September 22, 2019

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PUB slams Hydro over rising dam costs

Recommends exploring natural gas option

Hey there, time traveller!
This article was published 26/8/2011 (2948 days ago), so information in it may no longer be current.

The province's power regulator is so worried about the skyrocketing cost of two new dams it's asked Manitoba Hydro to consider building a natural gas-fired power plant in the meantime.

That would cause an outcry among environmentalists and scuttle Manitoba's plan to become a green-power giant and shrink its greenhouse gas emissions to combat climate change.

Plus, it's not likely to happen, says Manitoba Hydro.

In a recent written decision, the Public Utilities Board repeated what's become a familiar warning -- that the cost of the Conawapa and Keeyask dams and the Bipole III power line have increased so dramatically that export revenue might not cover them, leaving Manitoba ratepayers to pick up more of the $17-billion tab.

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Hey there, time traveller!
This article was published 26/8/2011 (2948 days ago), so information in it may no longer be current.

The Keeyask dam, shown in this artist’s rendering, is slated to be operational in 2019. But that’s only if Hydro can prove building the $5.6-billion dam is the best option for the province.

WINNIPEG FREE PRESS ARCHIVES

The Keeyask dam, shown in this artist’s rendering, is slated to be operational in 2019. But that’s only if Hydro can prove building the $5.6-billion dam is the best option for the province.

The province's power regulator is so worried about the skyrocketing cost of two new dams it's asked Manitoba Hydro to consider building a natural gas-fired power plant in the meantime.

That would cause an outcry among environmentalists and scuttle Manitoba's plan to become a green-power giant and shrink its greenhouse gas emissions to combat climate change.

Plus, it's not likely to happen, says Manitoba Hydro.

In a recent written decision, the Public Utilities Board repeated what's become a familiar warning — that the cost of the Conawapa and Keeyask dams and the Bipole III power line have increased so dramatically that export revenue might not cover them, leaving Manitoba ratepayers to pick up more of the $17-billion tab.

In a new twist, the PUB said it makes sense to look at cheaper, quicker ways to meet Manitoba's power needs, including a natural gas-fired plant in southern Manitoba that could capitalize on tantalizingly cheap gas prices.

"...the board finds it troubling that Manitoba Hydro has not explored in any depth natural gas thermal generation supply alternatives to the new major hydraulic generation and transmission projects now planned for by Manitoba Hydro," wrote the PUB in an order issued late last month.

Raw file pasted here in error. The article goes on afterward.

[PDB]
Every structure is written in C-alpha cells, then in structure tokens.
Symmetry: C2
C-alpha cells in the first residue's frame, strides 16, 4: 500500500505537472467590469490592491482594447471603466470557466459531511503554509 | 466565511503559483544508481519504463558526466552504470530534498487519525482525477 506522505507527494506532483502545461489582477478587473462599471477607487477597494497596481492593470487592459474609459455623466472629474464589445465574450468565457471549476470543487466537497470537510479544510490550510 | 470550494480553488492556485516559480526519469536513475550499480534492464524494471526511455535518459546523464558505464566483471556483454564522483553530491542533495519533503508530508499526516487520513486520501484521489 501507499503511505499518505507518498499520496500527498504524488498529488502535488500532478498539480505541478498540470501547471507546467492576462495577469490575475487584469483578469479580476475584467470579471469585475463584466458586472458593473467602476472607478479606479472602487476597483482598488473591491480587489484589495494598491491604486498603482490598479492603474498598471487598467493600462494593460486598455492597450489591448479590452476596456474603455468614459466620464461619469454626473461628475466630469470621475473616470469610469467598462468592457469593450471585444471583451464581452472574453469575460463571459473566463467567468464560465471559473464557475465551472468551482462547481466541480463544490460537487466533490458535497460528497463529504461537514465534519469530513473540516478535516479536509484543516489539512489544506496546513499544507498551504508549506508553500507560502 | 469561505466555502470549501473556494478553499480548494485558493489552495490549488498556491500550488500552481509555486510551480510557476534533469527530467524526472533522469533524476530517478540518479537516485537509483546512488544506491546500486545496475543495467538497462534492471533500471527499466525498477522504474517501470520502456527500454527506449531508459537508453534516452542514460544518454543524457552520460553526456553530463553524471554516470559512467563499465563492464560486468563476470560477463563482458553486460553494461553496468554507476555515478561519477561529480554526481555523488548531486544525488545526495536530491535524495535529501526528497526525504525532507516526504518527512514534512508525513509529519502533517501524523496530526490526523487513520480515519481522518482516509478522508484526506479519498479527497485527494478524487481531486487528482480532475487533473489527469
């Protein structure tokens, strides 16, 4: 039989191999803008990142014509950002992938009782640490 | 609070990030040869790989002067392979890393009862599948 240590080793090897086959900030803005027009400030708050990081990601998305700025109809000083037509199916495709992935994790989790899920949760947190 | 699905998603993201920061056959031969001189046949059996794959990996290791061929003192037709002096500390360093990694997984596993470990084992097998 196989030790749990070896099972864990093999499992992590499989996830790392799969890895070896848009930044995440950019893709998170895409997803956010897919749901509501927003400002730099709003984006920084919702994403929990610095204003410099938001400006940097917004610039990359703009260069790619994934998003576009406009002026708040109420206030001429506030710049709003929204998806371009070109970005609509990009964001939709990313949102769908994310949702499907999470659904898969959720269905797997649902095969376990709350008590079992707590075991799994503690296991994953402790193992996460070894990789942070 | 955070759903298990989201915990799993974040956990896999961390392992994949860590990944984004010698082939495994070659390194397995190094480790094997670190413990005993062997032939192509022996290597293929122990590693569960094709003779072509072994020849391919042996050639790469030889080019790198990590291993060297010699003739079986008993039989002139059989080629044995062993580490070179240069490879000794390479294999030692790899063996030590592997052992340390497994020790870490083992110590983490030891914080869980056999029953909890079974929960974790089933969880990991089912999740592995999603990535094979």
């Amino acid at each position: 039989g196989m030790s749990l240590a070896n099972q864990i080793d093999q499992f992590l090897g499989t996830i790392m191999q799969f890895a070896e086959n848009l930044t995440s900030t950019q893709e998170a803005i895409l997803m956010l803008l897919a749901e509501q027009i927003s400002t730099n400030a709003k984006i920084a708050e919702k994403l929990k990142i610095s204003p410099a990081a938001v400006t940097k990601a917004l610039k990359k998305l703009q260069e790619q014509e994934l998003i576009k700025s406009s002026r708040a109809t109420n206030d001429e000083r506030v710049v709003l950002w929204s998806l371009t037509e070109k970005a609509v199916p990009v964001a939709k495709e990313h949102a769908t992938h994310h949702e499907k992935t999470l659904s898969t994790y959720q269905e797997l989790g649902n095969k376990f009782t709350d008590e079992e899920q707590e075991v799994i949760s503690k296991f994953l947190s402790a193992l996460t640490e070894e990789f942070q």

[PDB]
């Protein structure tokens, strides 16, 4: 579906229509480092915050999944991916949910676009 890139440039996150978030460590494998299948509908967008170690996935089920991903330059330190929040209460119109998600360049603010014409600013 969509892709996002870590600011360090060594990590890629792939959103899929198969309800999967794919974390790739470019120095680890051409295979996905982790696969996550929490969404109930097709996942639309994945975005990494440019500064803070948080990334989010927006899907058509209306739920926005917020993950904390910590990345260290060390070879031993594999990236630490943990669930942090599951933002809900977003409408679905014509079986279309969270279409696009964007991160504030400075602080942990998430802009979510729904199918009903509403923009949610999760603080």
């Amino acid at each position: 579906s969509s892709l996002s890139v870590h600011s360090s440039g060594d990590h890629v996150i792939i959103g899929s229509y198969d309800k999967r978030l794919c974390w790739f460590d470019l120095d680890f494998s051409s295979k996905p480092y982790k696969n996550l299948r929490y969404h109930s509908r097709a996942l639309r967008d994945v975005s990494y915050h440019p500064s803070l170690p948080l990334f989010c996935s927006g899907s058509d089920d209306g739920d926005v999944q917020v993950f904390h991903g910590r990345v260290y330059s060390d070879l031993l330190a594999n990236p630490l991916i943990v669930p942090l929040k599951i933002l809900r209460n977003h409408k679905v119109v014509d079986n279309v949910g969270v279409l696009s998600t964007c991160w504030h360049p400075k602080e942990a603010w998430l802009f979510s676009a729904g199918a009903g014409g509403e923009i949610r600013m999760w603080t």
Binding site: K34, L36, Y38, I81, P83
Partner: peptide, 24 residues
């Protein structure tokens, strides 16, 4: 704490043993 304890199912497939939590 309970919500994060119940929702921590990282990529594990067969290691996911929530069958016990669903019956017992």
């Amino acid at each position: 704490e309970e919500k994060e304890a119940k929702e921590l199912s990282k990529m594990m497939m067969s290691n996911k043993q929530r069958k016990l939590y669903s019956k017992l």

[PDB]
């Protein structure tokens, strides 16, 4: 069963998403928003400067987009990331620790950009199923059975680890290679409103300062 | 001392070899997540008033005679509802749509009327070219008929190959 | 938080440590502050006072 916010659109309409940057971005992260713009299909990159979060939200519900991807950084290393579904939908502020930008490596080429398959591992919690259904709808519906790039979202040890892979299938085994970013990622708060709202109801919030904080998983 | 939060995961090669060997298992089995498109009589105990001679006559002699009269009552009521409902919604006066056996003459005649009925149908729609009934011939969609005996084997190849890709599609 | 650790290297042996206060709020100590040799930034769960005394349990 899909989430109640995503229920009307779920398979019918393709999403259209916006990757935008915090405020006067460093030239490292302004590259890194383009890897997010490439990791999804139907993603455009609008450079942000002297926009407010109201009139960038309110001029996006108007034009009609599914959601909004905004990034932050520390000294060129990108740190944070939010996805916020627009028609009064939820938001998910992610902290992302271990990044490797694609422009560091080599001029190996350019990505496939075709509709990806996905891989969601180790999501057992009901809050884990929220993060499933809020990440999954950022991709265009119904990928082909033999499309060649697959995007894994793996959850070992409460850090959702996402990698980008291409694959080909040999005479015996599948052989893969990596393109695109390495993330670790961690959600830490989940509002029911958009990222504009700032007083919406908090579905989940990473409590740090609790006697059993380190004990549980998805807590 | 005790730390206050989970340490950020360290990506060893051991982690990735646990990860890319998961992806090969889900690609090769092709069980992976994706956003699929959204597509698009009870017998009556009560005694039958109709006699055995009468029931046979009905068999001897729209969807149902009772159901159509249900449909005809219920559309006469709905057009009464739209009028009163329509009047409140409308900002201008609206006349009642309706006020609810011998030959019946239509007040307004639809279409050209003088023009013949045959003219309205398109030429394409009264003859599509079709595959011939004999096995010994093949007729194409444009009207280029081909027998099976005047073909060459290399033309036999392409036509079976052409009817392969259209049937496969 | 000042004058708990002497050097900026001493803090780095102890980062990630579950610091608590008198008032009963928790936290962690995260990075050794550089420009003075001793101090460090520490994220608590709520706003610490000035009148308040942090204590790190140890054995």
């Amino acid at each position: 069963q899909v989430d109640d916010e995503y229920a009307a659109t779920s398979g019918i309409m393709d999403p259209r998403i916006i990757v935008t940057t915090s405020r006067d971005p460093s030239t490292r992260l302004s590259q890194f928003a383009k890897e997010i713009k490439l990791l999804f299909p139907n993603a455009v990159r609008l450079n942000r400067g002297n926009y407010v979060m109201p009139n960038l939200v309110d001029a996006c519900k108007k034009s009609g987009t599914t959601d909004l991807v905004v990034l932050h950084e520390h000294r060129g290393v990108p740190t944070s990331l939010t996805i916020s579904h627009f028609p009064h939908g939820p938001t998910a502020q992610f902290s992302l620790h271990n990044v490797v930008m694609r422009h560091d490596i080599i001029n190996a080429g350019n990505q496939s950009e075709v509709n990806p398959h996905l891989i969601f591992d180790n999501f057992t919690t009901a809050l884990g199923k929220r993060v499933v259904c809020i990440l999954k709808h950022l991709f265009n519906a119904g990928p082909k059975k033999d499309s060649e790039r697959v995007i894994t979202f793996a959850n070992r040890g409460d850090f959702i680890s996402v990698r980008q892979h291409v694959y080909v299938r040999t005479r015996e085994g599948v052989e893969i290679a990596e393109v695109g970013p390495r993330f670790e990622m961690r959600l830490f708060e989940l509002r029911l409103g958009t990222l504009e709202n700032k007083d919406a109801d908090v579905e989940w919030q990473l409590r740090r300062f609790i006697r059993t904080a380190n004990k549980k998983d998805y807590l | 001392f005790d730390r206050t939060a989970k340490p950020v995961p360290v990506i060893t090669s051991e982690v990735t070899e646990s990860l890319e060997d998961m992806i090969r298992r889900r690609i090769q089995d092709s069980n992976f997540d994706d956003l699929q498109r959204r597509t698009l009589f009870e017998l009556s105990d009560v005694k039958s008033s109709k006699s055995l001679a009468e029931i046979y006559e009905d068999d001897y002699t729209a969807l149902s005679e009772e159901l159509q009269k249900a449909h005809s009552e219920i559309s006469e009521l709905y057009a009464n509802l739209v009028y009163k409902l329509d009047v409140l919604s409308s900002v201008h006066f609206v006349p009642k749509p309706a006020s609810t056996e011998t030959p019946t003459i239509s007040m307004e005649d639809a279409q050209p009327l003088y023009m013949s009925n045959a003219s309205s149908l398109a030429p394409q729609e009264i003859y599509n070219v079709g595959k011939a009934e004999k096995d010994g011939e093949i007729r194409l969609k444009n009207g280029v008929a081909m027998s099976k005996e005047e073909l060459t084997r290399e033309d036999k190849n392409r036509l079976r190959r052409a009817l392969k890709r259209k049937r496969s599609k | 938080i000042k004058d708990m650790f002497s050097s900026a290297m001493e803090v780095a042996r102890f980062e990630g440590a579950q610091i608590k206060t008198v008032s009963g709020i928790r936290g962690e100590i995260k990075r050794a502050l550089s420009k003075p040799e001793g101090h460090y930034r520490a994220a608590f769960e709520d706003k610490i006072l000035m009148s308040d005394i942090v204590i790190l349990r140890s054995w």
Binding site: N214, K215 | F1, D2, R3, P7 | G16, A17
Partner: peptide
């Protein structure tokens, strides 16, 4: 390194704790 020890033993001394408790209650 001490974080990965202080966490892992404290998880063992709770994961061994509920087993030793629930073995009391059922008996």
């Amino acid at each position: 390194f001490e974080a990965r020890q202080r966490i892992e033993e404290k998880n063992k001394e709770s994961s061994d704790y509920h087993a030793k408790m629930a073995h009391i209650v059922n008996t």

That same order rejected Hydro's request for a 0.9 per cent rate increase.

A gas-fired plant could reduce the risk of a power shortage in drought years, when there's not enough water running through northern dams to keep the lights on.

And, gas-fired power plants are generally quick and cheap to build, while new and controversial "fracking" underway in the United States is sucking more natural has out of deep wells, keeping prices low.

Building a gas-fired plant would allow Hydro to defer construction of the two new northern dams, both of which have seen their price tags rise by 50 per cent since 2008, while export prices have dropped, the PUB suggested.

Keeyask is slated to come online starting in 2019 with the much bigger Conawapa following four or five years later.

Hydro spokesman Glenn Schneider said a gas plant is not in the company's long-term plan and is not a favoured option.

But he said when Hydro applies for a licence to build Keeyask, the company will need to prove the $5.6 billion dam is the smartest option to meet the province's power needs. That's when the cost and benefits of a gas-fired plant will be stacked up against Keeyask for comparison, a comparison the PUB has asked to see immediately.

Schneider acknowledged gas prices are low now, but said that could change, especially if a critical mass of aging American coal-fired power plants are converted to burn cleaner natural gas instead. He said it still makes more sense to deal with the massive upfront costs of hydro plants, but have operating costs locked in at low and stable prices for generations.

He said the same questions came up when the Limestone dam was built in 1990. Its $1.5-billion price tag was a bitter pill at the time but has proven to be a good investment, he said.

"We've been down this path before," said Schneider.

Manitoba Hydro already has four gas-fired units — two at the old Brandon coal plant and two at the Selkirk power plant. But those are largely used as back-up and accounted for less than 0.5 per cent of Hydro's power output last year.

maryagnes.welch@freepress.mb.ca

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